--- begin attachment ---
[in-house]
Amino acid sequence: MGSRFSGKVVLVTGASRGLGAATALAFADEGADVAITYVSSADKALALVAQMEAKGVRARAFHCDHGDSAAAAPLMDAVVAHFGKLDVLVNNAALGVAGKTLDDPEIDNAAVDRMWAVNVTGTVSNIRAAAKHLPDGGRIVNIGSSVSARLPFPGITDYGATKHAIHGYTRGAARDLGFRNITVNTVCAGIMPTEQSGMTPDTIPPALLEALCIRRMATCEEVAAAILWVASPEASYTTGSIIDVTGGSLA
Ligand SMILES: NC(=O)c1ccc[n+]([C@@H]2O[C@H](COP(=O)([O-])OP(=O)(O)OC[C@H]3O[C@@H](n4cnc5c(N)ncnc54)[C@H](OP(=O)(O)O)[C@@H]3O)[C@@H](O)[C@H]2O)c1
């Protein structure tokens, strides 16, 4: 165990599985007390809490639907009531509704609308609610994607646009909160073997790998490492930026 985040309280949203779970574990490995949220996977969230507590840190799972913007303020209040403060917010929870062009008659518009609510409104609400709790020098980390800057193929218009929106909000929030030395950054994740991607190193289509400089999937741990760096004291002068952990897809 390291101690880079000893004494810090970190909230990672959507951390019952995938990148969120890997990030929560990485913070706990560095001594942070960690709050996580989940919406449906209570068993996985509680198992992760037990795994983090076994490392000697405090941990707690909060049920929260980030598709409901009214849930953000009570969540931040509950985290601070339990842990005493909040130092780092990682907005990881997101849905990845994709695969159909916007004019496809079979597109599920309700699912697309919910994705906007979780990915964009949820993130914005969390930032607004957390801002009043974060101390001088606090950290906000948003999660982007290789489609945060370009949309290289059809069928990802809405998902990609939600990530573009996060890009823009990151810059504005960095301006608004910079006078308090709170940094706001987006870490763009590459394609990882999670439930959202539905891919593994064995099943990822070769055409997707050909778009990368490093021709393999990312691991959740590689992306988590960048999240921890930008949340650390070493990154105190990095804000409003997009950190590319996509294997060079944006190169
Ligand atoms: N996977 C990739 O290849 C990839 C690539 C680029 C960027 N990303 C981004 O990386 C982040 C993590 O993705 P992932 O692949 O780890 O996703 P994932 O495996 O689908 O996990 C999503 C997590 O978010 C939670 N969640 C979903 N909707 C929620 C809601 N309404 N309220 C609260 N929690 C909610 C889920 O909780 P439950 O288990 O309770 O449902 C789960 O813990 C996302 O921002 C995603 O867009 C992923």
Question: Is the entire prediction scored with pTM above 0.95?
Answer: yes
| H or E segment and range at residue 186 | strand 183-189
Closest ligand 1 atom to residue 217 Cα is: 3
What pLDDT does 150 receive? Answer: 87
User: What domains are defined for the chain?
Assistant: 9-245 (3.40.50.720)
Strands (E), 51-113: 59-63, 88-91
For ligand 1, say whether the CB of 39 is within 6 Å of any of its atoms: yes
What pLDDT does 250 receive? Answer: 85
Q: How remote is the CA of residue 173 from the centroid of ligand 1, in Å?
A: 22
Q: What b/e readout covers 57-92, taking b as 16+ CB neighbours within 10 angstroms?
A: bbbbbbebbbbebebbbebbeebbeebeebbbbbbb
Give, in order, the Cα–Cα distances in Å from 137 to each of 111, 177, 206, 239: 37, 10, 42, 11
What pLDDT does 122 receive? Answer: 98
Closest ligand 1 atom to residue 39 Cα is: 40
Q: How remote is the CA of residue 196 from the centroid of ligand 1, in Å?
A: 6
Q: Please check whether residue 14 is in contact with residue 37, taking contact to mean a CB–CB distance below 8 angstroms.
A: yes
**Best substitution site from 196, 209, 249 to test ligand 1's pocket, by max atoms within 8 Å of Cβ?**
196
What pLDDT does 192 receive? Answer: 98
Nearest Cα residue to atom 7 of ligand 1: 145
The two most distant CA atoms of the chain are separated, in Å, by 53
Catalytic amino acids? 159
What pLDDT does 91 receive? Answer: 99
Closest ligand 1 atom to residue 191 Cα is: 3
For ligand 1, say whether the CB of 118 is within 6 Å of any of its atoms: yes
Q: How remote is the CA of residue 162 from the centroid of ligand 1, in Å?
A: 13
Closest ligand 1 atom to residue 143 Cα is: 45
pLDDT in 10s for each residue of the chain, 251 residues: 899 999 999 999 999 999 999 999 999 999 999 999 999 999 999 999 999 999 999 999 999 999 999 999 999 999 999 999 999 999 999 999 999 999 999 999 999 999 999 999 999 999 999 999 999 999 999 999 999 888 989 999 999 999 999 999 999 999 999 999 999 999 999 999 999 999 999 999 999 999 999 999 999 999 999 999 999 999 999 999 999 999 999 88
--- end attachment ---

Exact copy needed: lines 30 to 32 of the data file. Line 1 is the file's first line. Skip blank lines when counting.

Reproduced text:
Nearest Cα residue to atom 7 of ligand 1: 145
The two most distant CA atoms of the chain are separated, in Å, by 53
Catalytic amino acids? 159